Now a research team at Columbia University has built a mathematical model that gives a much more complete — and scary — picture of how much virus is circulating in our communities.

It estimates how many people are never counted because they never get tested. And it answers a second question that is arguably even more crucial — but that until now has not been reliably estimated: On any given day, what is the total number of people who are actively infectious? This includes those who may have been infected on previous days but are still shedding virus and capable of spreading disease.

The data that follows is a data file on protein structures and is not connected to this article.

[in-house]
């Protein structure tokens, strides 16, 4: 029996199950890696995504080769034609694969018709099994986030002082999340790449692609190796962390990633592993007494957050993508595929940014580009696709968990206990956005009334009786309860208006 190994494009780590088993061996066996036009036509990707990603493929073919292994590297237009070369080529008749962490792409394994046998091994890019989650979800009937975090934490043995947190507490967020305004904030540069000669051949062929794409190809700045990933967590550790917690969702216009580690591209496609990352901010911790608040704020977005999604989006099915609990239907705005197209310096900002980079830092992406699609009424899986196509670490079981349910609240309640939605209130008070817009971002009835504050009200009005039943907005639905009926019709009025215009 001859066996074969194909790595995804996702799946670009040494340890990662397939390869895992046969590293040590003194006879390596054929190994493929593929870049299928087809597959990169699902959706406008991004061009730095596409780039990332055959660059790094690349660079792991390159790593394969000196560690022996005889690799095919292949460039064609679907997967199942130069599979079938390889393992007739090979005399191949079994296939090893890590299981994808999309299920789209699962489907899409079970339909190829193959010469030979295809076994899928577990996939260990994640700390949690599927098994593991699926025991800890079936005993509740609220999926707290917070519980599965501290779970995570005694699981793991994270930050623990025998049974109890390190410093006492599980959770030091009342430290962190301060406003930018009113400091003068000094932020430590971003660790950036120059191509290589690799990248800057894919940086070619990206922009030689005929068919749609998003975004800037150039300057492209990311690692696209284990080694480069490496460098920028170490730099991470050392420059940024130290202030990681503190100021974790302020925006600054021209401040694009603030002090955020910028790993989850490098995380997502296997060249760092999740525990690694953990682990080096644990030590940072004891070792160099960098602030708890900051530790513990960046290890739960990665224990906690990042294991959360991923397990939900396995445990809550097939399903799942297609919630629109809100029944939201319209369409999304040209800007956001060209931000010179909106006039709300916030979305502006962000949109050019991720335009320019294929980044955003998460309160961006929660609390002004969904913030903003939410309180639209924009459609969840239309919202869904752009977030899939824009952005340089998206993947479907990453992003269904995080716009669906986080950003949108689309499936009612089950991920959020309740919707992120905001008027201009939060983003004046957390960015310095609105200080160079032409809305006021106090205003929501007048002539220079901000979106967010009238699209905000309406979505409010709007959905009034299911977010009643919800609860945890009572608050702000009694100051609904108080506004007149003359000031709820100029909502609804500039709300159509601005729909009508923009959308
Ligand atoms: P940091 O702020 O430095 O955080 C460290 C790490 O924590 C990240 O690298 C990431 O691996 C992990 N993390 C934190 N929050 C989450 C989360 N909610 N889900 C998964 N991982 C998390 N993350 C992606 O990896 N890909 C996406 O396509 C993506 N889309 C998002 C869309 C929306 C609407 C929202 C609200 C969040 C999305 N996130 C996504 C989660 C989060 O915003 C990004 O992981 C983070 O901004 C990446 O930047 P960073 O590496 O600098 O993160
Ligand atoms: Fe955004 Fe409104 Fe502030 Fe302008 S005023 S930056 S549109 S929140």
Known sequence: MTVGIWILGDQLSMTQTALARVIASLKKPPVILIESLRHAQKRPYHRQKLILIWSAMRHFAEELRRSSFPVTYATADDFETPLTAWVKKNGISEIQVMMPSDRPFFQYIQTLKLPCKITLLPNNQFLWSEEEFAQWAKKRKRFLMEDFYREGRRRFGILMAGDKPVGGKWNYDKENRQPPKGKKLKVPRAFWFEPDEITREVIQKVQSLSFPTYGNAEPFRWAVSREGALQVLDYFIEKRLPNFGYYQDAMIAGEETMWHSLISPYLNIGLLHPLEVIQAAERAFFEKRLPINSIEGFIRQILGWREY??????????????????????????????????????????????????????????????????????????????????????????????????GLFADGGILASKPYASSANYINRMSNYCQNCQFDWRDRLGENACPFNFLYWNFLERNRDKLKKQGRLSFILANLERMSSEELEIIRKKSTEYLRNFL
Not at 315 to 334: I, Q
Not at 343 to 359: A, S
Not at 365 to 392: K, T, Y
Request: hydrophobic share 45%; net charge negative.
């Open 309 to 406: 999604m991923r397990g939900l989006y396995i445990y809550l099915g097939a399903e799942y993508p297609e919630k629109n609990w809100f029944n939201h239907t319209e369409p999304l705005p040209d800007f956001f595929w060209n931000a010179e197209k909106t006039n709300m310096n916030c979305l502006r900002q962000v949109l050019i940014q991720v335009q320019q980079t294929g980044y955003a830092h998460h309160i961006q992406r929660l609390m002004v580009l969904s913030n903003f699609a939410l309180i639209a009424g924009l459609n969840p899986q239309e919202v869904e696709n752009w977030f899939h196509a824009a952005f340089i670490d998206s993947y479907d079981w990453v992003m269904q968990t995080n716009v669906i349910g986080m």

The model’s conclusion: On any given day, the actual number of active cases — people who are newly infected or still infectious — is likely ten times that day’s official number of reported cases…

So this is the next step to Shaman’s model: He estimate that the number of people actively shedding virus on any given day is about 10 times the number of daily new reported cases.

How many people does this add up to? Well, on the worst day for reported new cases so far — Jan. 2 — 91 out of every 100,000 people in the U.S. tested positive. But Shaman estimates that on that same day 998 per 100,000 people were actually actively shedding the virus.